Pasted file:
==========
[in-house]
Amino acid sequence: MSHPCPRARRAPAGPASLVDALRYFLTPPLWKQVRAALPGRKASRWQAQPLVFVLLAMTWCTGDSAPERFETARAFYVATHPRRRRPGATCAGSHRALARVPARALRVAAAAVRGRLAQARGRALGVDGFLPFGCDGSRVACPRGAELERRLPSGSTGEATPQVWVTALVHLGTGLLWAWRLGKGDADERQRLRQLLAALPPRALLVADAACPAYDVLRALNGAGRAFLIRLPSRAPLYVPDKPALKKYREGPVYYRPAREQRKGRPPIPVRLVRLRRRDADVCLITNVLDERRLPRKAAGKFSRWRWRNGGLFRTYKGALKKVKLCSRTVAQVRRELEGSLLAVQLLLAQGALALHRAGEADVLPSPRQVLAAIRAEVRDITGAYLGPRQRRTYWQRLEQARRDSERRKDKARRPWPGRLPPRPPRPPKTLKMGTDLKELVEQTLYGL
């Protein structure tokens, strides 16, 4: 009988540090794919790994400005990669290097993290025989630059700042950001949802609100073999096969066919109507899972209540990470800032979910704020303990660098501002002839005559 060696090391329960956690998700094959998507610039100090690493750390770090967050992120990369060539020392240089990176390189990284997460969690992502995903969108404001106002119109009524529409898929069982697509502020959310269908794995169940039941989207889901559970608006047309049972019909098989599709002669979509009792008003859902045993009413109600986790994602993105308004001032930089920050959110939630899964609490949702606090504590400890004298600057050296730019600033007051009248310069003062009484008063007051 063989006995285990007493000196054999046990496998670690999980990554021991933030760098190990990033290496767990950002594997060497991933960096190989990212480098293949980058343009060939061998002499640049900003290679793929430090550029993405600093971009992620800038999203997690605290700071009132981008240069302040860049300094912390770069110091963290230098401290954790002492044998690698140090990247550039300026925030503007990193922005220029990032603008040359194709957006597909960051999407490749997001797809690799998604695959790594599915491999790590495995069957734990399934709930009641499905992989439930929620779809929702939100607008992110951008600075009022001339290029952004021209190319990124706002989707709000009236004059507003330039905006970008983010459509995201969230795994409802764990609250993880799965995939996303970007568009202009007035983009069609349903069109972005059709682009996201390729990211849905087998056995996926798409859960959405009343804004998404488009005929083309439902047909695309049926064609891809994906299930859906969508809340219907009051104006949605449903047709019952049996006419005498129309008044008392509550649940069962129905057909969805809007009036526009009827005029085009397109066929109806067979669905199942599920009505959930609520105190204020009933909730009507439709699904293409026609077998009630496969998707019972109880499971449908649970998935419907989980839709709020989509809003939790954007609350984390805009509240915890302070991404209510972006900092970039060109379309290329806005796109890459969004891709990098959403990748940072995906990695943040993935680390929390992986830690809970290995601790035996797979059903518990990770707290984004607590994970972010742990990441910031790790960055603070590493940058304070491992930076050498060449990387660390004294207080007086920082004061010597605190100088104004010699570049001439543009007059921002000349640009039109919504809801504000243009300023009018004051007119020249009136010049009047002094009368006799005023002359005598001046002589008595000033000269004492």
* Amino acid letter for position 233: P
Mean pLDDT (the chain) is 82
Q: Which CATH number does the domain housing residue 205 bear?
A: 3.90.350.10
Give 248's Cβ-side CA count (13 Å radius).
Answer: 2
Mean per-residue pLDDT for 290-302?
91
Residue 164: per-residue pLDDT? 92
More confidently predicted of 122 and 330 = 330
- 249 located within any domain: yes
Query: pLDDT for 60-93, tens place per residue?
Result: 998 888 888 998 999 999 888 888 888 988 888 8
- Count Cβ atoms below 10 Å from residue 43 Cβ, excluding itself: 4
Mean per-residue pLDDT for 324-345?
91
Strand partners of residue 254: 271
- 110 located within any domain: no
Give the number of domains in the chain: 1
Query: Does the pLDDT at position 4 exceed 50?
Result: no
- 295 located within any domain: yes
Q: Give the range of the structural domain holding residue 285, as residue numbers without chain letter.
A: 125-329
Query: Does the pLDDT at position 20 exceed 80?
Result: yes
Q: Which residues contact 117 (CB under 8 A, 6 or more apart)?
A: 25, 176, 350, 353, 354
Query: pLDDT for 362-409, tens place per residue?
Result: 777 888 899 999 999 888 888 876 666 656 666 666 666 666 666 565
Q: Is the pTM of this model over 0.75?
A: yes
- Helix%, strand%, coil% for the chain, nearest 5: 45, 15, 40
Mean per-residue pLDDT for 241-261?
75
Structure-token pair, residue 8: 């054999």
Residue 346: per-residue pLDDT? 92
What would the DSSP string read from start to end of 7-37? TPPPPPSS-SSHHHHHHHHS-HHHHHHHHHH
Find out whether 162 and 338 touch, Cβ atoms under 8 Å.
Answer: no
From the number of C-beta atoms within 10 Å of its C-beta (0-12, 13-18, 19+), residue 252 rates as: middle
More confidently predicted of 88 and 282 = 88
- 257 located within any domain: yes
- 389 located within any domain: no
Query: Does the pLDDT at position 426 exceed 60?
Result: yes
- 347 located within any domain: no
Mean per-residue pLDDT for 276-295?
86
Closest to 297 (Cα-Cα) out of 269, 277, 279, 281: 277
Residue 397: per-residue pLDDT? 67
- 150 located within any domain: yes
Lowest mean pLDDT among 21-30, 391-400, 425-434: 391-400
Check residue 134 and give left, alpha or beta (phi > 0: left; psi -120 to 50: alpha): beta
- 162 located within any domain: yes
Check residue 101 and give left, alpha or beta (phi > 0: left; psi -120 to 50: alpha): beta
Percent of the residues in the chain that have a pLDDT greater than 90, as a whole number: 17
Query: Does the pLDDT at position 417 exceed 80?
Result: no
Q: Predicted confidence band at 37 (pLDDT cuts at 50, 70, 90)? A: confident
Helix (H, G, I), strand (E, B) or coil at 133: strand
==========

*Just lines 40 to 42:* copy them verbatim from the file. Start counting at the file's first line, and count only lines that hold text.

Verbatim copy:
Residue 346: per-residue pLDDT? 92
What would the DSSP string read from start to end of 7-37? TPPPPPSS-SSHHHHHHHHS-HHHHHHHHHH
Find out whether 162 and 338 touch, Cβ atoms under 8 Å.